“We think Forward Mortgage does not subsidize Reverse Mortgage now any more than Reverse Mortgage subsidized Forward Mortgage in 2009. A true subsidy would mean outsized realized HECM losses, and a compelling case that this will continue. This is not demonstrated in the report.” New View concluded by referencing a recent revision to the Actuarial review of FHA’s insurance fund. That revision increased the HECM’s economic net worth in the MMI fund from a negative $5.4 billion to a positive $1.268 billion. That revision was made after Jim Veale- an industry watcher and HECM originator contacted Pinnacle Actuaries in late November. Veale noted a discrepancy between the actuaries calculation of Total Capital Resources of a negative $5.64 billion versus a positive $1.597 billion shown in HUD’s report to Congress. As a result, Pinnacle updated their report which now has added $7 billion dollars to make the HECM’s economic net worth a positive $1.2 billion. This strengthens the argument that the HECM is presently not a drag on the overall FHA fund which backs the program.
Looking back the HUD’s recent annual report released December 4th, one area of concern that rightly deserves focused effort and attention is monitoring the servicers of loans that have been been placed into assignment with HUD. That oversight is crucial as HUD states the majority of losses from Type 1 claims are the result of the borrowers no longer occupying the home as their primary residence (or in some cases even living in the property at all) and the failure to pay property charges such as taxes and insurance. Such instances call for active and prompt intervention by assigned HUD servicing vendors to preserve the economic values of properties, and preventing occupancy fraud- both which stand to substantially contribute to continued and avoidable insurance claims and losses.
HUD Secretary Ben Carson’s comments became somewhat political in the December 9th official HUD press release which accompanied the agency’s financial report which reads in part, “When an institution becomes insulated from the success or failure of its policies, it loses its incentive to operate efficiently. Private businesses, while engaged in different work than the federal government, do not have the luxury of being protected from their failures or maintaining damaging courses of action,” adding, “Irv Dennis was able to accomplish the impossible task of providing the financial stability that had gone left unchecked for so many years.” Keep in mind, January will bring us a new administration and agency heads which are certain to have a direct impact on housing policy and the HECM program.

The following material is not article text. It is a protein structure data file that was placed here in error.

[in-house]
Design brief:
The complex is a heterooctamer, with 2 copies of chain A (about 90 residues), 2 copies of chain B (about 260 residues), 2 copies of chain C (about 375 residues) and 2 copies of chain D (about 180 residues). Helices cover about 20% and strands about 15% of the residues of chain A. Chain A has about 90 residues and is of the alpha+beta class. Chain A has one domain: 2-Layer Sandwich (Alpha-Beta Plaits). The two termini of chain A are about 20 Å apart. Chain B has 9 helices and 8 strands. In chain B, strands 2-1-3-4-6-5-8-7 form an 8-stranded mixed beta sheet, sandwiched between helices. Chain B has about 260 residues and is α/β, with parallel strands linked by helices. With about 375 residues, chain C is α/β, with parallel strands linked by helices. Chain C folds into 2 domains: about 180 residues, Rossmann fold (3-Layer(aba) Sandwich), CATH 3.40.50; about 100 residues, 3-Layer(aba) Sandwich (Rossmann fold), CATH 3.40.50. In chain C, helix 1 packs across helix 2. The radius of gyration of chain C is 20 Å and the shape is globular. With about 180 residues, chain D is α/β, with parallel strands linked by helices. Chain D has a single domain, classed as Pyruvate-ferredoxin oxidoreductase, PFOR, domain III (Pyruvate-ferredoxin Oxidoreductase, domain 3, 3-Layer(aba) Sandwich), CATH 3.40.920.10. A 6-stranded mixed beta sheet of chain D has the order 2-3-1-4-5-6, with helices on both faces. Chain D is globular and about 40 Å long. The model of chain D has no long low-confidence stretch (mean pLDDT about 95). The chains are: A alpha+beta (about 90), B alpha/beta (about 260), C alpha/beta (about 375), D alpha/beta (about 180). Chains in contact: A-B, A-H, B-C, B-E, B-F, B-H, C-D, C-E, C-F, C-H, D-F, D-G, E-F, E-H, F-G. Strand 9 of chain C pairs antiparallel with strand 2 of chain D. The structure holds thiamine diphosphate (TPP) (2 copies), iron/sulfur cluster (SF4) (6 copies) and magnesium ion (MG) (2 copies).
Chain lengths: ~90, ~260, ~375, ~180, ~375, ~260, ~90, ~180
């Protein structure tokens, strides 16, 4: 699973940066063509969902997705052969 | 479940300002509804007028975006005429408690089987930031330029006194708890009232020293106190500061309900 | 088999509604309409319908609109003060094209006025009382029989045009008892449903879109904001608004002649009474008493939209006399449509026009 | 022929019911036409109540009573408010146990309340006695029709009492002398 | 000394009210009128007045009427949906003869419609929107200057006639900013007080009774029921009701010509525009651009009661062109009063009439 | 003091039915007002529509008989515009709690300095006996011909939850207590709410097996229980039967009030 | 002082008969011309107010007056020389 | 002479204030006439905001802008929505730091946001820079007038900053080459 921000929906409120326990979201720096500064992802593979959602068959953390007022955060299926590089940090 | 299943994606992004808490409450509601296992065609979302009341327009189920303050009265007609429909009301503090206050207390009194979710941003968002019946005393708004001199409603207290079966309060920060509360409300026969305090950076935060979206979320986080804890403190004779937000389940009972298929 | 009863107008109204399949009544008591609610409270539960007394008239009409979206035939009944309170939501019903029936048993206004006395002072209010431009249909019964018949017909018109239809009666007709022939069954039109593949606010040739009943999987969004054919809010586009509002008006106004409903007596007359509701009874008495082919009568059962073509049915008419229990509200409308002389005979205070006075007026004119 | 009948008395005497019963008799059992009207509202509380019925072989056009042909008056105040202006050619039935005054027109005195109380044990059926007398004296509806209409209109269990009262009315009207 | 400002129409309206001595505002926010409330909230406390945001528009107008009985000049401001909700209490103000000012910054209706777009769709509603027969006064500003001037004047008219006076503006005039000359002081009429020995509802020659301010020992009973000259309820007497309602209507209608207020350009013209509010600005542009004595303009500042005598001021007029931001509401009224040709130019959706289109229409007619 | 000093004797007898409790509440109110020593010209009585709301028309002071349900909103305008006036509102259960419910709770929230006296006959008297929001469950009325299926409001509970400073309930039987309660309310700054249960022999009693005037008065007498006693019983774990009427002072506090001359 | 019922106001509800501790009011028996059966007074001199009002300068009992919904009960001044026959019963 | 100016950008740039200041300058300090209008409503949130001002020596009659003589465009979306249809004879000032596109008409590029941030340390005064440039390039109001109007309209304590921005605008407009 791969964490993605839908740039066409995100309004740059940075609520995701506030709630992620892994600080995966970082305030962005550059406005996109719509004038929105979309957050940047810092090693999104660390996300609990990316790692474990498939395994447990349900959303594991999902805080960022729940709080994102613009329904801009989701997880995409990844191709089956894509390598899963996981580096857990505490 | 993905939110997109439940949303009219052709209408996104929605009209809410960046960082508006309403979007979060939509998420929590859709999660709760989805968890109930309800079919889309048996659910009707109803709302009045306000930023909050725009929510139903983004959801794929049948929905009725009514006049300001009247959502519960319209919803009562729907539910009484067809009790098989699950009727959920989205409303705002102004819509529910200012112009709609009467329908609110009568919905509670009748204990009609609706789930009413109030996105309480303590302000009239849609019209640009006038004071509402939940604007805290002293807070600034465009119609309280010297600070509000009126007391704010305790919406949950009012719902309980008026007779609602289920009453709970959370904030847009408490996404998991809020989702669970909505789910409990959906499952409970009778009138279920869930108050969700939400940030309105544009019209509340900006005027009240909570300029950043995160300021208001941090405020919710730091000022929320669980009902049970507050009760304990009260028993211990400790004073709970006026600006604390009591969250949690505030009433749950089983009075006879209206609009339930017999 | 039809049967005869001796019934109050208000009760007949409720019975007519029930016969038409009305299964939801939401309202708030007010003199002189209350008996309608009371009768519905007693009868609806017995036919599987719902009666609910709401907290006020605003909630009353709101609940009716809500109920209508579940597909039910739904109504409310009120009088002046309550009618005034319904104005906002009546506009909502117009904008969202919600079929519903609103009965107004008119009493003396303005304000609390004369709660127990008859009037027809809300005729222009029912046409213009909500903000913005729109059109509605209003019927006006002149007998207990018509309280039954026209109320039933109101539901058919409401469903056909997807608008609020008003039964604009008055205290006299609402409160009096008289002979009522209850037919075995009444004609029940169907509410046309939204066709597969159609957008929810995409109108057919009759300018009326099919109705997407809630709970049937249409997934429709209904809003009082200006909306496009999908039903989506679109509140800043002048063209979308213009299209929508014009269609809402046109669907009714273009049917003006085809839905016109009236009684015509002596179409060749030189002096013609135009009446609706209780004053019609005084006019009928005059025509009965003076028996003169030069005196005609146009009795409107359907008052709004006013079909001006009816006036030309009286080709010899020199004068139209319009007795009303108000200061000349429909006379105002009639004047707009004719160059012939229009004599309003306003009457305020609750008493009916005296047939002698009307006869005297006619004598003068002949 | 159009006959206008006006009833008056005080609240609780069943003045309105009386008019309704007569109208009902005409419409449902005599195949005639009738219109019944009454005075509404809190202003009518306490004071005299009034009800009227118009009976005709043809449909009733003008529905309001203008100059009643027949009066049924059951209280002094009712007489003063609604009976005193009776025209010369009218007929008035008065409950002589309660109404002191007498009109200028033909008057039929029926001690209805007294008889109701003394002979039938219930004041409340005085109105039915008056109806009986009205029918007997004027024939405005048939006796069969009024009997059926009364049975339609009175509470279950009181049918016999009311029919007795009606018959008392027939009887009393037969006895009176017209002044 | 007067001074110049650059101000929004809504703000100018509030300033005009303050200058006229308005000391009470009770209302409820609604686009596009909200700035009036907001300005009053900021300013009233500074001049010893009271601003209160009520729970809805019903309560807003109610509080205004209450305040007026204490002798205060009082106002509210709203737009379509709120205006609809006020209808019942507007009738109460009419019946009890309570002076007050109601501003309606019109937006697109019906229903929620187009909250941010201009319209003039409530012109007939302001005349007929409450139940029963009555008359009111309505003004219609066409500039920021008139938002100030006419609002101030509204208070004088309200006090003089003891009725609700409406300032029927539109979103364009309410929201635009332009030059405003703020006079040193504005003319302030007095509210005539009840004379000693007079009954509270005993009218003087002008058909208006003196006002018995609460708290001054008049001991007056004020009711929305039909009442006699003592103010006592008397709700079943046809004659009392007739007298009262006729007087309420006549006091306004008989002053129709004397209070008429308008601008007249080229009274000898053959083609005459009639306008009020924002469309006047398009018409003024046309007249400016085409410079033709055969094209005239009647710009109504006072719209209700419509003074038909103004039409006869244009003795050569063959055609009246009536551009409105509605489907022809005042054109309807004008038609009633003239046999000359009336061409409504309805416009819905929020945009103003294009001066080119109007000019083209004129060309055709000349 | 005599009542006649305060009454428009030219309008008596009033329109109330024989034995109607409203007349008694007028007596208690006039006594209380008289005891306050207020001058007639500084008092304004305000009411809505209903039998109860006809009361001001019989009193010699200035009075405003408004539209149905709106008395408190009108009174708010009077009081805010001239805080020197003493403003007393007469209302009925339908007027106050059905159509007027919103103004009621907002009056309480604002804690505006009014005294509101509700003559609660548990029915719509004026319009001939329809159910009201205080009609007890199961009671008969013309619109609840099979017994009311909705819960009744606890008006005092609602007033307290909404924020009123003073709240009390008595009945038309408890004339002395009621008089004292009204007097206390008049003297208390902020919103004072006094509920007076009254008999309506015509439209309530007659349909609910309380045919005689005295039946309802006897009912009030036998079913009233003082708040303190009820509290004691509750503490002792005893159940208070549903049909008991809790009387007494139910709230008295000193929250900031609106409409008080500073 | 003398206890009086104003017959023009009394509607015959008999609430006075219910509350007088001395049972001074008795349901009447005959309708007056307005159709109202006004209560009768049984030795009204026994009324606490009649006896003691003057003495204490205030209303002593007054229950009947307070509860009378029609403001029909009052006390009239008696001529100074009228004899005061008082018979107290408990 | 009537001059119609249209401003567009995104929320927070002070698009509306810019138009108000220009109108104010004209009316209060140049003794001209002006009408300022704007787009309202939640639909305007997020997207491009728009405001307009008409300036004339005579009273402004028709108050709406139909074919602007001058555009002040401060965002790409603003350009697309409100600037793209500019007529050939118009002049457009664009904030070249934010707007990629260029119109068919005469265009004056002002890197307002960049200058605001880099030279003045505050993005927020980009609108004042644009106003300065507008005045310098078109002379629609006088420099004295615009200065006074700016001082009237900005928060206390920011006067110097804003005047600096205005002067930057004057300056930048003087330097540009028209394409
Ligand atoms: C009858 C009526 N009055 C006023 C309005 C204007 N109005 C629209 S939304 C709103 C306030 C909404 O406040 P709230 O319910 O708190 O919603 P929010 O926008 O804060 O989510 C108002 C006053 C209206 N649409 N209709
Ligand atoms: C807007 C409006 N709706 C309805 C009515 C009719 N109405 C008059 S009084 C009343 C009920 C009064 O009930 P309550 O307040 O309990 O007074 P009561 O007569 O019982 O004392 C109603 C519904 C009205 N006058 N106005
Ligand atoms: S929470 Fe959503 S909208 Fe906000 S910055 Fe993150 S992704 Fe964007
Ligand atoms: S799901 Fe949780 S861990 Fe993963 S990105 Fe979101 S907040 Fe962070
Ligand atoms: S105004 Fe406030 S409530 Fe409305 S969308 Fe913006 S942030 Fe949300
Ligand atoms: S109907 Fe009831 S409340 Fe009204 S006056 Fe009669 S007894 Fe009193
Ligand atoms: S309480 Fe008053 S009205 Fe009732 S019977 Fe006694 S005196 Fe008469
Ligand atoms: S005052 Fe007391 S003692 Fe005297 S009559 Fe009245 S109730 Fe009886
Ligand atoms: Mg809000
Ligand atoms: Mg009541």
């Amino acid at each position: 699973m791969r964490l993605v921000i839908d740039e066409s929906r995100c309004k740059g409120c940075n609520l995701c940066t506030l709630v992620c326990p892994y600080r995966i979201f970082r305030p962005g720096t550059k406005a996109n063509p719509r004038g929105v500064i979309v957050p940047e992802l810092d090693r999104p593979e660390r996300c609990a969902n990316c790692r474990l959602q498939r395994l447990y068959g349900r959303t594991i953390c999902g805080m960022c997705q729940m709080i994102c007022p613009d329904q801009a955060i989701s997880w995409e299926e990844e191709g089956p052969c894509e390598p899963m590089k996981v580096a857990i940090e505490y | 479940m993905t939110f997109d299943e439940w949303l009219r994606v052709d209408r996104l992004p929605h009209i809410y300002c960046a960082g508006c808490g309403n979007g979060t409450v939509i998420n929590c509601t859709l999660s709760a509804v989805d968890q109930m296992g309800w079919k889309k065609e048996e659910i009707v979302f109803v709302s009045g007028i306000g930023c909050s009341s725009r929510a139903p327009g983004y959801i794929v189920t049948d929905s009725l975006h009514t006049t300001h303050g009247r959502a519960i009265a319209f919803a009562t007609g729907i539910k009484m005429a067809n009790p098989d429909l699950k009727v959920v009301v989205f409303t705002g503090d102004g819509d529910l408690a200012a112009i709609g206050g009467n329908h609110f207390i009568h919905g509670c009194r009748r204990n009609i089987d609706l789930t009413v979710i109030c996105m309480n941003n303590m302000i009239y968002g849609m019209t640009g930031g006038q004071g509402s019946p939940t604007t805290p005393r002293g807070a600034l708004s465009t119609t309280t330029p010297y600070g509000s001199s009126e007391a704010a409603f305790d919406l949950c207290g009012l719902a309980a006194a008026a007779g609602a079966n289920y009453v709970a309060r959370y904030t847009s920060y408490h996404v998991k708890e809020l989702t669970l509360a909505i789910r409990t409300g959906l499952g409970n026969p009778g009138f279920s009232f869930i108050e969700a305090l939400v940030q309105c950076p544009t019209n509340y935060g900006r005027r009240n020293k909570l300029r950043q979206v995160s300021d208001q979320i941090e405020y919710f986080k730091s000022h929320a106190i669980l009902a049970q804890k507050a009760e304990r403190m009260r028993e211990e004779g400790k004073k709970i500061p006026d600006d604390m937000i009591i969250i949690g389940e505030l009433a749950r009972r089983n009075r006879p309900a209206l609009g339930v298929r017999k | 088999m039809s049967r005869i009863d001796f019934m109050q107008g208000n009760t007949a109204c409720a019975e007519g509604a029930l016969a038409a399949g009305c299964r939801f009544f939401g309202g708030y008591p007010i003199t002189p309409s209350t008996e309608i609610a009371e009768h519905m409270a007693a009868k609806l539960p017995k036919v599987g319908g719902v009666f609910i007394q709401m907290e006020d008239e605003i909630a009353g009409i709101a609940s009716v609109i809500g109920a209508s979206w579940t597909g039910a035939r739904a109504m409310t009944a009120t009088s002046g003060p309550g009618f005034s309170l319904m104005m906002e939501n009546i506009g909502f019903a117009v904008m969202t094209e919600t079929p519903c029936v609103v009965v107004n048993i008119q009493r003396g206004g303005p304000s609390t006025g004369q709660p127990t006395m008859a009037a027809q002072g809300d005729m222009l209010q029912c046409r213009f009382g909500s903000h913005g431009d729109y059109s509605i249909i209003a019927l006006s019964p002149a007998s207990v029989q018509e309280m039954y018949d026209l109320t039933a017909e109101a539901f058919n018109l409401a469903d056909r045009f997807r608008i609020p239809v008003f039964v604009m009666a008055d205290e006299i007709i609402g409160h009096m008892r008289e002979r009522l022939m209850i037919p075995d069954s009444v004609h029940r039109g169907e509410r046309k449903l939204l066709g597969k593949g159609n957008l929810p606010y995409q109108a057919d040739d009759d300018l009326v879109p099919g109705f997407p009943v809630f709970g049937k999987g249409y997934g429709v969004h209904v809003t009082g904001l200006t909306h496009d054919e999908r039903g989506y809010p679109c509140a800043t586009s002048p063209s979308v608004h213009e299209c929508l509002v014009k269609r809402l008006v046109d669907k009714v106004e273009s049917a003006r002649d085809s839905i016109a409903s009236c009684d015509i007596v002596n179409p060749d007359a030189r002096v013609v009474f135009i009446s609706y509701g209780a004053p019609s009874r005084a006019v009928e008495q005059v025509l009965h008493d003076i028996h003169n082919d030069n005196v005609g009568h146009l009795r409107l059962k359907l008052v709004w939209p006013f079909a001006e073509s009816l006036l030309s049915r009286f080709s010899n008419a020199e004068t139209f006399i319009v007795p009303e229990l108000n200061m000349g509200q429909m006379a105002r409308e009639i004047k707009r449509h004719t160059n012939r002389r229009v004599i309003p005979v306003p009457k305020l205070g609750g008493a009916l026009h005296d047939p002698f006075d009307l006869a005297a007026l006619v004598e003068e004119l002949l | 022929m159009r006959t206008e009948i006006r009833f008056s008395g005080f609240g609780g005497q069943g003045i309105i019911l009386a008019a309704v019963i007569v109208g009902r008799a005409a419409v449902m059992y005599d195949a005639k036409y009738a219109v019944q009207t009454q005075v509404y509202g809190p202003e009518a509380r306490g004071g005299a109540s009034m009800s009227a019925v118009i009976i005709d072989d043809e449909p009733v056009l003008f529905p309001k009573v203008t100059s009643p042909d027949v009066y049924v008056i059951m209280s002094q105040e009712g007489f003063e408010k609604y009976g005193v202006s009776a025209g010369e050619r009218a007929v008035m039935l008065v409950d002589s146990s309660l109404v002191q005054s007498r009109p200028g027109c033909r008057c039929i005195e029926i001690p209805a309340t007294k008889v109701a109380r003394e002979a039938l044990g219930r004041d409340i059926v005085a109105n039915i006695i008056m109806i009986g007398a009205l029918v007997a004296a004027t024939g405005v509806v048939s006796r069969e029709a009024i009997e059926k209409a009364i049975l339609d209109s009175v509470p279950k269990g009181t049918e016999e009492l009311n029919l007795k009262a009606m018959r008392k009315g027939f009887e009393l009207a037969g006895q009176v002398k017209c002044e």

Setting politics aside much has been accomplished to improve the HECM program since the great recession of 2009. However, merely increasing oversight of lenders. “HUD must strengthen its effort to ensure that the lenders participating in the HECM program comply with its regulatory and administrative requirements and minimize claim costs” reads the agency’s 2020 financial report. With very few notable exceptions, HECM lenders have worked closely with HUD to ensure ethical and efficient lending to today’s older homeowners. Chances are that the largest liabilities to the economic value of the program can be found in the servicing of assigned loans for non-compliant borrowers as mentioned earlier, and reexamining the structural change of upfront FHA insurance premiums charged made in October 2017.